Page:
A Saint from Ahmednagar
Gilori Shah, the saint never expressed a desire to Gulmai to take Baba's darshan, though the saint knew that Baba had come into our lives. Baba did say that Gilori Shah was a real saint of the fifth plane of consciousness, who later progressed to the sixth plane. But Baba cautioned me not to go see the saint, though he had assured me that the saint's consciousness was that high.
Later, Baba remarked, "After Rustom's wedding I am thinking of moving to some village for awhile."
Gulmai then asked, "Why don't you come and visit our property near Arangaon village, outside Ahmednagar?"
Baba coyly asked her, "Why do you say that?"
Gulmai replied, "Your visit has been foretold by a local saint, Gilori Shah."
Baba, pretending not to follow, said that he did not understand what she meant.
Gulmai then told this story:
A few years ago, my husband, Kaikhushru (Khan Saheb), secured a contract to supply incandescent lights to the military barracks located near the village of Arangaon. It is six miles from the town of Ahmednagar, and he used to visit there occasionally on business.
At the end of World War I, a man bought the entire establishment from the military. Since the land was unsuitable for cultivation, it was, in turn, offered for sale; but no one was interested in buying such fallow land. As a result, the owner approached Kaikhushru, who consulted his business partners. But they, too, were uninterested in buying what they called, "jungle land." He asked my opinion, and I wondered what we would do with it, since we would never be able to move there because it was too far away from the city.
Nevertheless, he bought the land on his own, thinking it might prove useful in the future. The few buildings remained unattended for a long time and became dilapidated. Any useful material was stolen by the villagers. Occasionally, we used to visit the place because Kaikhushru had hired the headman of the village to sow millet there.
A Mohammedan saint called Hazrat Maula Gilori Shah lives in Ahmednagar. He occasionally comes to our house for a meal; but usually he prefers to keep aloof. He dislikes the presence of any crowd. When Masaji was working in Ahmednagar, he used to take bread and butter to the saint, and sometimes would bathe him.
Gilori Shah would often mention that he wanted to go to Arangaon and live his last days there. I thought that it was an unsuitable place for such a personage and would argue, "But Hazrat, who will bring your meals there? And who will look after you in the jungle?"
He would frown, saying, "All of these people are of no use to me, and I do not require their help."
There were some wealthy butchers who used to pay him respect and who offered him some land. However, he preferred our place and would tell them that he would only settle at Arangaon.
One day he told me, "Give me a small portion of your land and build a room for me." On another occasion he said, "Take me there and also bring Upasni Maharaj and Meher Baba. Turn the place into a sadhu khana." (An ashram for wandering mendicants and pilgrims.) I would listen to him but tried to dissuade him, knowing it would cause uproar among our in-laws.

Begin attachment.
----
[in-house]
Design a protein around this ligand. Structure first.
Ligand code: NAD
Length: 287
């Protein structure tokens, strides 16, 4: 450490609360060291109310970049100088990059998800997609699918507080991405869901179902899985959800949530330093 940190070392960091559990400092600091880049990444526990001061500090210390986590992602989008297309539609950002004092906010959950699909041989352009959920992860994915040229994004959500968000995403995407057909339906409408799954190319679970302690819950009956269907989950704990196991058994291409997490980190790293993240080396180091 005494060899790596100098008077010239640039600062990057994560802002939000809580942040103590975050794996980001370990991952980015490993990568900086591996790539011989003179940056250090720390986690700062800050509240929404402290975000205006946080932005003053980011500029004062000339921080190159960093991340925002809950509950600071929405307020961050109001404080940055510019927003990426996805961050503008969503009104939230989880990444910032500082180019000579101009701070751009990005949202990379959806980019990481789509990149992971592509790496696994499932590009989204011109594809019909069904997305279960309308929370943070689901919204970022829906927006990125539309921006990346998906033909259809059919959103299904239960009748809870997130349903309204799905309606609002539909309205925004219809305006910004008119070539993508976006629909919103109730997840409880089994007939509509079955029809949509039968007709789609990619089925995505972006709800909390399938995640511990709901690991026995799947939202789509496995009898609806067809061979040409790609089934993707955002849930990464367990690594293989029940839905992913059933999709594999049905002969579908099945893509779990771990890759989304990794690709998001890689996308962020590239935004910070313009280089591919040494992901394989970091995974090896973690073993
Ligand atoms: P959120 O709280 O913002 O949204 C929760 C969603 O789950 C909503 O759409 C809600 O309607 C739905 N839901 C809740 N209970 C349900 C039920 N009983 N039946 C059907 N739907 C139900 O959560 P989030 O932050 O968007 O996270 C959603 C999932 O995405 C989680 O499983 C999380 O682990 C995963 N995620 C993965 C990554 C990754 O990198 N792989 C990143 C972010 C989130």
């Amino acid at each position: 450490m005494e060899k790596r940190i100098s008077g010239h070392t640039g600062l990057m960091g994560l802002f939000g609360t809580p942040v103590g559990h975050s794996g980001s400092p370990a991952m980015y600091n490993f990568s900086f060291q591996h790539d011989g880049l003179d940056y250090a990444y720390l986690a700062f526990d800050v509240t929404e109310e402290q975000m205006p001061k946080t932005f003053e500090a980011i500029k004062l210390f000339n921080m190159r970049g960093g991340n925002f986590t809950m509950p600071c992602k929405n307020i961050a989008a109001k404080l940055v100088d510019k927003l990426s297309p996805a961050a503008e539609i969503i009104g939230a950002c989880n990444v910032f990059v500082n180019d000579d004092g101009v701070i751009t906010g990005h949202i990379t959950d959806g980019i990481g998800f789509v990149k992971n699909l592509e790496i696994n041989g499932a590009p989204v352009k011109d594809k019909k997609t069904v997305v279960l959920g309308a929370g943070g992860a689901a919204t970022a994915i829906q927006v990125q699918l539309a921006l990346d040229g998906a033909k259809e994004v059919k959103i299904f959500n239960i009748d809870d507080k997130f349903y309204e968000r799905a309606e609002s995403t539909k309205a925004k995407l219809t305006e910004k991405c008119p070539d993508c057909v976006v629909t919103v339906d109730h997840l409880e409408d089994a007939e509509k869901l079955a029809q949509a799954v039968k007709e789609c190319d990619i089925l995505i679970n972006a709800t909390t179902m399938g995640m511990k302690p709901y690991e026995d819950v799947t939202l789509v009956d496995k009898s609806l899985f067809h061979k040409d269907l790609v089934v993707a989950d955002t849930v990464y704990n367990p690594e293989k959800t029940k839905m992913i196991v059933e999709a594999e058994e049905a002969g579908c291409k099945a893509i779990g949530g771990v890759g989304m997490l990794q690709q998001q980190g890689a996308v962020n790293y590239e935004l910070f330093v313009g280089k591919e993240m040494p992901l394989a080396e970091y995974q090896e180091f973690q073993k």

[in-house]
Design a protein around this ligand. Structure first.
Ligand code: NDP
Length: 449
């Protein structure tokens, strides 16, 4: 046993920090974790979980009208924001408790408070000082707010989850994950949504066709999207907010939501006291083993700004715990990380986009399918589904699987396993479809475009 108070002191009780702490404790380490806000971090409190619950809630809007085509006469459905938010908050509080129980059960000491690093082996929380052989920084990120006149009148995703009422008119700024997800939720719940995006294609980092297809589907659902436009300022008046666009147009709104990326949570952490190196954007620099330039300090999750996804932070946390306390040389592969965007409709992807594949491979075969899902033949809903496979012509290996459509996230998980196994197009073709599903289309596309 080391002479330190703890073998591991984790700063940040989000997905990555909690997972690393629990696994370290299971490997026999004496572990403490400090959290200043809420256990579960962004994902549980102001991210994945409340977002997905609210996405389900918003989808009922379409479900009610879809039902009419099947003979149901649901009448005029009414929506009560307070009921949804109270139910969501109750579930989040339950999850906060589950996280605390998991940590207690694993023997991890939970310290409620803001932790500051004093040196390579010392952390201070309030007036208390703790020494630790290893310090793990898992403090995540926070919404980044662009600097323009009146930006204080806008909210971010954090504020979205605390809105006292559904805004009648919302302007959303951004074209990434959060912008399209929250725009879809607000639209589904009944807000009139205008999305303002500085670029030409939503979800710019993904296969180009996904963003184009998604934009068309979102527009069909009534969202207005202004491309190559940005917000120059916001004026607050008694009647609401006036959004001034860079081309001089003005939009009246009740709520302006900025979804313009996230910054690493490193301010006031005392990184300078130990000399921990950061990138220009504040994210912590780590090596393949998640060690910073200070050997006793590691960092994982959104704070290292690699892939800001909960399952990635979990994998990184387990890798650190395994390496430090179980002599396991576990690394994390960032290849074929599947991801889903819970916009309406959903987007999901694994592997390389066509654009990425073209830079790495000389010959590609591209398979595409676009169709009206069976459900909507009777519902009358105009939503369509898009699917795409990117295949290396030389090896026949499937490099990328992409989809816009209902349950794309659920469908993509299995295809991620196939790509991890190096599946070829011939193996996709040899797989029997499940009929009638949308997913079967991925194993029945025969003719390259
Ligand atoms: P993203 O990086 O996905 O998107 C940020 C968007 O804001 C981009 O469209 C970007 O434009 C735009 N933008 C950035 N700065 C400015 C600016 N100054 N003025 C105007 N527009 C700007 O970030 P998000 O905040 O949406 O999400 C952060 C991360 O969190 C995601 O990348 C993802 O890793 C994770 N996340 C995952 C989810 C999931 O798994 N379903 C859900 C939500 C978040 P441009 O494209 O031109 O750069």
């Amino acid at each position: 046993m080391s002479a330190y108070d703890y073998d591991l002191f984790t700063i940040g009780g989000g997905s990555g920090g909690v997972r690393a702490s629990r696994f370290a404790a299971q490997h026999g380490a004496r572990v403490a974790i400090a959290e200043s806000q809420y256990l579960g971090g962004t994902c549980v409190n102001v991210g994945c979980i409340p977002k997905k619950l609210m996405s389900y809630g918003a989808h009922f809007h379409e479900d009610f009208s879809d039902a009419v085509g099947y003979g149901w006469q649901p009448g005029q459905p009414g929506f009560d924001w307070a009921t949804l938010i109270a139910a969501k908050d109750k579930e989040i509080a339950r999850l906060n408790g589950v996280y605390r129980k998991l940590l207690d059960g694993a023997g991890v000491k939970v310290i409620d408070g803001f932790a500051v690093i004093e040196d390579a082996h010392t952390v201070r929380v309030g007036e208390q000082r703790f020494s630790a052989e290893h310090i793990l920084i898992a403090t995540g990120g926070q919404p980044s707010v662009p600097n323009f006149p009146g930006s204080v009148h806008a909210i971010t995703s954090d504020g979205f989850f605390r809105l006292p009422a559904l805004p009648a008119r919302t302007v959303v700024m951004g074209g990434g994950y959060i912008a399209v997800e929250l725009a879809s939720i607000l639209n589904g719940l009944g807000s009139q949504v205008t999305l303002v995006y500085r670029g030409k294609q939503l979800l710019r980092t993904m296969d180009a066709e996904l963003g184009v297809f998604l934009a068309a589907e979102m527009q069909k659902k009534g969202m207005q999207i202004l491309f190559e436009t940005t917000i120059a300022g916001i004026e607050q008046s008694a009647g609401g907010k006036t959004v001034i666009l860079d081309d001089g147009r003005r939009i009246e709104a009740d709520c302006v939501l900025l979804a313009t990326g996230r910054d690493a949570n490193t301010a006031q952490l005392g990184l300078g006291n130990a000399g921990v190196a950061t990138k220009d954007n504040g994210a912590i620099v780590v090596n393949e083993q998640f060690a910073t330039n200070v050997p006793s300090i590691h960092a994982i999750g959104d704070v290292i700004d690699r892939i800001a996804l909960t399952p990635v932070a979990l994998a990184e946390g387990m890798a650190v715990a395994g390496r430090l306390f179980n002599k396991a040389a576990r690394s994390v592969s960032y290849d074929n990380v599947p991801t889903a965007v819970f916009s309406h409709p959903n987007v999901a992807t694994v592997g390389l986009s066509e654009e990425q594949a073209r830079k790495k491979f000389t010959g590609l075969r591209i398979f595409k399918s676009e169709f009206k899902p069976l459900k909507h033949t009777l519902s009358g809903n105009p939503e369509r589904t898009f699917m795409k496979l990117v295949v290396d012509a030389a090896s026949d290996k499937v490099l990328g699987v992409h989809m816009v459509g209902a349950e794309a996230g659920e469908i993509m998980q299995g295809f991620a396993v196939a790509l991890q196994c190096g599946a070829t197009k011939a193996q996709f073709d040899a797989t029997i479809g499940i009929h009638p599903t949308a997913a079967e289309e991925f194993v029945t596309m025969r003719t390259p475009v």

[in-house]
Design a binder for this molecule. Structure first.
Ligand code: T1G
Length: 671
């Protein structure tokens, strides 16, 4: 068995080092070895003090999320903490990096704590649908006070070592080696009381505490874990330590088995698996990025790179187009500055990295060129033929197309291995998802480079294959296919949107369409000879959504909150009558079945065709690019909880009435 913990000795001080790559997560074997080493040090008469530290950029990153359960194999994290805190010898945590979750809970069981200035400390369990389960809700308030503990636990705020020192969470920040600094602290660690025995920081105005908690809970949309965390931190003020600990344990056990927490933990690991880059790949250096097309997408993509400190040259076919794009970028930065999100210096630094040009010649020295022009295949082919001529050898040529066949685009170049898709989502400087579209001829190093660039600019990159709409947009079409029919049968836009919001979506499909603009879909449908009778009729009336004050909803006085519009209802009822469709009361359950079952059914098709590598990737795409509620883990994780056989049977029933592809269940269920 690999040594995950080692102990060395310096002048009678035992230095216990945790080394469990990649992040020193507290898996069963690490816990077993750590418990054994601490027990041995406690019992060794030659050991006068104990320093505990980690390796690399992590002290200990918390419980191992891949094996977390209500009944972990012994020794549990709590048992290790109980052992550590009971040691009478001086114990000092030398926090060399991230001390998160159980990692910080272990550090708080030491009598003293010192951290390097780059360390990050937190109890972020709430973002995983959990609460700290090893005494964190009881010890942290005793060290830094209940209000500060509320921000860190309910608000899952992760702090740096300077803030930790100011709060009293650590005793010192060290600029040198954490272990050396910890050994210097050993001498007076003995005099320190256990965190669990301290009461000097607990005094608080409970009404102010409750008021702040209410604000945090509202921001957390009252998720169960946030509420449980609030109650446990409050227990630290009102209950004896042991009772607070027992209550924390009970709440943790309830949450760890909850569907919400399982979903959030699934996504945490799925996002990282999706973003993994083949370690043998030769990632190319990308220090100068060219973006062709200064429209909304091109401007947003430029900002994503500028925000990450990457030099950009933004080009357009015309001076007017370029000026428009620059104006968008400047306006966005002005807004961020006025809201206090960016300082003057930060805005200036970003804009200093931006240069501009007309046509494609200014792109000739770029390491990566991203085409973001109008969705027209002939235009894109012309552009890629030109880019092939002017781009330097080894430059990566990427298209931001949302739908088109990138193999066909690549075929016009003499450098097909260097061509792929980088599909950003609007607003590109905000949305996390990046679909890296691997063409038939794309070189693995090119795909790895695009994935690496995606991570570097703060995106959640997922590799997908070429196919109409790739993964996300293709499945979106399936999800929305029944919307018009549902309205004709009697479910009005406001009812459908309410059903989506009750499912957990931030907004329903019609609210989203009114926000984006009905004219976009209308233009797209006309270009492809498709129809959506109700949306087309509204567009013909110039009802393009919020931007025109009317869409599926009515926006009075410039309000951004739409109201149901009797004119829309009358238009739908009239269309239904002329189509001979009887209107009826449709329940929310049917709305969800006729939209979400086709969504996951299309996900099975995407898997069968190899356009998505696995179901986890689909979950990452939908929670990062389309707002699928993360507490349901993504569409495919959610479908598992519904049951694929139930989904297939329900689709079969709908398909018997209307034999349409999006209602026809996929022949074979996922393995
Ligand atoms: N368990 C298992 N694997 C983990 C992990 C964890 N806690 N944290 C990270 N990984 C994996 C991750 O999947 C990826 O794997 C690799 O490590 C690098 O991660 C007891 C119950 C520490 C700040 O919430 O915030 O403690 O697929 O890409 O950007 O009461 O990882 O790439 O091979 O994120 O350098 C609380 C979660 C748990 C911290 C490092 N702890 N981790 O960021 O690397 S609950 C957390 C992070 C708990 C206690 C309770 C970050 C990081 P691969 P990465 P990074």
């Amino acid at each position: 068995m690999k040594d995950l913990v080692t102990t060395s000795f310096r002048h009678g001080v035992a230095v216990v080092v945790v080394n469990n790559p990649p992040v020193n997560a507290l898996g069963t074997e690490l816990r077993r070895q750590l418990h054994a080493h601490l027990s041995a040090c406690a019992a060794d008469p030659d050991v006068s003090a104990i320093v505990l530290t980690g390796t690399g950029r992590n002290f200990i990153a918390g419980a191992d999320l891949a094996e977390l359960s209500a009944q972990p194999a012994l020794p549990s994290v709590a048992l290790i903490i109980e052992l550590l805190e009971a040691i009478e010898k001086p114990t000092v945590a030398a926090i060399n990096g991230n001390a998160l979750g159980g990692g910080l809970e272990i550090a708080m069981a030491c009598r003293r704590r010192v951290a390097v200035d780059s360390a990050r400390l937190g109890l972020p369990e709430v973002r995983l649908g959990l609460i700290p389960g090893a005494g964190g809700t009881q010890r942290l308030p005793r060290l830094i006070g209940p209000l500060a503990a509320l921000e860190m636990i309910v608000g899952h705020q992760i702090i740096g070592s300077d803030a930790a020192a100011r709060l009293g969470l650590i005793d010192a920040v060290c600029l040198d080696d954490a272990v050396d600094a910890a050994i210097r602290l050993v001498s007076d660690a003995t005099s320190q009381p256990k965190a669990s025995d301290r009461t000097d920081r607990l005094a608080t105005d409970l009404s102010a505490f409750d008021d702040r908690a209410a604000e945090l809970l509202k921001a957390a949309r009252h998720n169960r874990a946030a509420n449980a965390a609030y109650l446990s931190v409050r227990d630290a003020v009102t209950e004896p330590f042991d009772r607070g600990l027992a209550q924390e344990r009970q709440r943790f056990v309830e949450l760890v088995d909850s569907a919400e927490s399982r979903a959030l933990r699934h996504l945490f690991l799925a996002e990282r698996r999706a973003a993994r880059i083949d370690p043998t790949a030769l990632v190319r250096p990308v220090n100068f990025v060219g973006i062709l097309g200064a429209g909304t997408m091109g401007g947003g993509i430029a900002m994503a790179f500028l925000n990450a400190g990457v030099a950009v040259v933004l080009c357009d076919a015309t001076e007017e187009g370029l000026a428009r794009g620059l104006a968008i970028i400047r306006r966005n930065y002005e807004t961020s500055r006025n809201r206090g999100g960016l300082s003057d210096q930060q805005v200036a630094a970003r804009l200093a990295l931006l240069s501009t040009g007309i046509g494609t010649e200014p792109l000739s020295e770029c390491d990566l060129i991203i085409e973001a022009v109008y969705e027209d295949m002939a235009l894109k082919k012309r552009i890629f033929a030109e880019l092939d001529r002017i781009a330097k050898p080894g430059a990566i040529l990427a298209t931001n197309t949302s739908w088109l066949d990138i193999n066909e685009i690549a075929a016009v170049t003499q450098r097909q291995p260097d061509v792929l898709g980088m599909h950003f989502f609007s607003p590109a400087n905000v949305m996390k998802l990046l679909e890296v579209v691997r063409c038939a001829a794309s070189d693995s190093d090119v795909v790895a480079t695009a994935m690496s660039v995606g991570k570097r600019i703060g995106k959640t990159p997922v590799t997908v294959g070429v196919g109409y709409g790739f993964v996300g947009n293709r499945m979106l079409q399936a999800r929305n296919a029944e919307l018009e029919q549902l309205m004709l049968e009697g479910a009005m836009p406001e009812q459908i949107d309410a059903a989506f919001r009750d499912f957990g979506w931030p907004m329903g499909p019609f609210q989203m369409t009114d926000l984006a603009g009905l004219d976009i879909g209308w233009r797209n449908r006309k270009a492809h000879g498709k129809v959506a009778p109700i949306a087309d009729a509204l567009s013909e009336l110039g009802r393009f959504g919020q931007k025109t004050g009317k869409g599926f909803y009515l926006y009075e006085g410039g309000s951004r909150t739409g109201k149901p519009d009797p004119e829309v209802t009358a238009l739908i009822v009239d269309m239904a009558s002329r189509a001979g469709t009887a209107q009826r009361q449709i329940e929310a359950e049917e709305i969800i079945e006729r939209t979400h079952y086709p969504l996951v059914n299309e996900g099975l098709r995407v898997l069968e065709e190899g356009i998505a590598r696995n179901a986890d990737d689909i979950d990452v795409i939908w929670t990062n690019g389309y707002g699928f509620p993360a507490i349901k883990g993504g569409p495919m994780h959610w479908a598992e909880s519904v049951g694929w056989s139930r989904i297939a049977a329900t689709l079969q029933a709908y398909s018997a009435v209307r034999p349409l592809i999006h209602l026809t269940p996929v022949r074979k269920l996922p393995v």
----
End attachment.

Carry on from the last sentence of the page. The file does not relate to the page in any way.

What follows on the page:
A year passed without seeing Gilori Shah. One night, I dreamed that I was seated in the garden compound of a small old house. A child all wrapped in cloth was on my lap. A couple of persons were speaking to me as my eyes gazed downward. I saw the head of the child peeping out from under its covering. The child then sat up, and I saw that he had the face of the saint. I cried out, "This child is Hazrat Gilori Shah!"
He sweetly pleaded, "Mother, you are not giving me the land! Where will I rest?"
I instantly remembered the land at Arangaon and promised him, "Yes, Hazrat, I will give it to you." The moment I finished speaking, I awakened.
I narrated the dream to my husband, telling him that the saint had been insisting on the land for some years, and Kaikhushru promised to fulfill his request.
That very day, Gilori Shah, accompanied by some of his devotees, went to Arangaon. There he selected a small plot of land, and told them, "Prepare my tomb here."
This statement surprised them, and they pleaded: "But, Hazrat, who will come so far from the city to pay homage here? This is a desolate place and uninhabitable!
The saint then reprimanded them: "You are like children. You know nothing! In a short time, this place will turn into a garden of pilgrimage. A great one will come here and this land will one day belong to the people of the world. Only then will you understand why I am buried here."
One day, I went with the saint to look at the site he had selected. A mason joined us and the plot was measured and changes were made as directed by him. Then the saint turned to me and said, "When I die, bring me here – escorted by a band. Bury me at this place."
I pleaded, "Your Mohammedan followers will never permit the band!"
He replied, "Yes, I know that. So you will have to drive them away to do as I tell you. Tell them that I had no caste or creed!"
Then he concluded: "Meher Baba will soon come here, and before he does you should have my tomb erected. All that will happen will be exactly as I am telling you." I promised him accordingly.
Meher Baba was glad to hear this story and did not object to Gulmai carrying out the saint's wishes.
Gulmai then inquired when he would come to Arangaon. Baba grinned as he replied, "I may or may not come!"
"You will have to come!" said Gulmai.
"We'll see. Meanwhile, construct Gilori Shah's tomb as he wishes," he replied.
Externally, this was how Meher Baba worked. His inner work was continual and manifested in a natural sequence of events. No one knew that, while residing in the Manzil, he was preparing the ground for his next abode. It only came to light during this conversation with Gulmai.
Who knows what impact the Avatar has in world affairs?
It is literally true that not a thing happens without his will!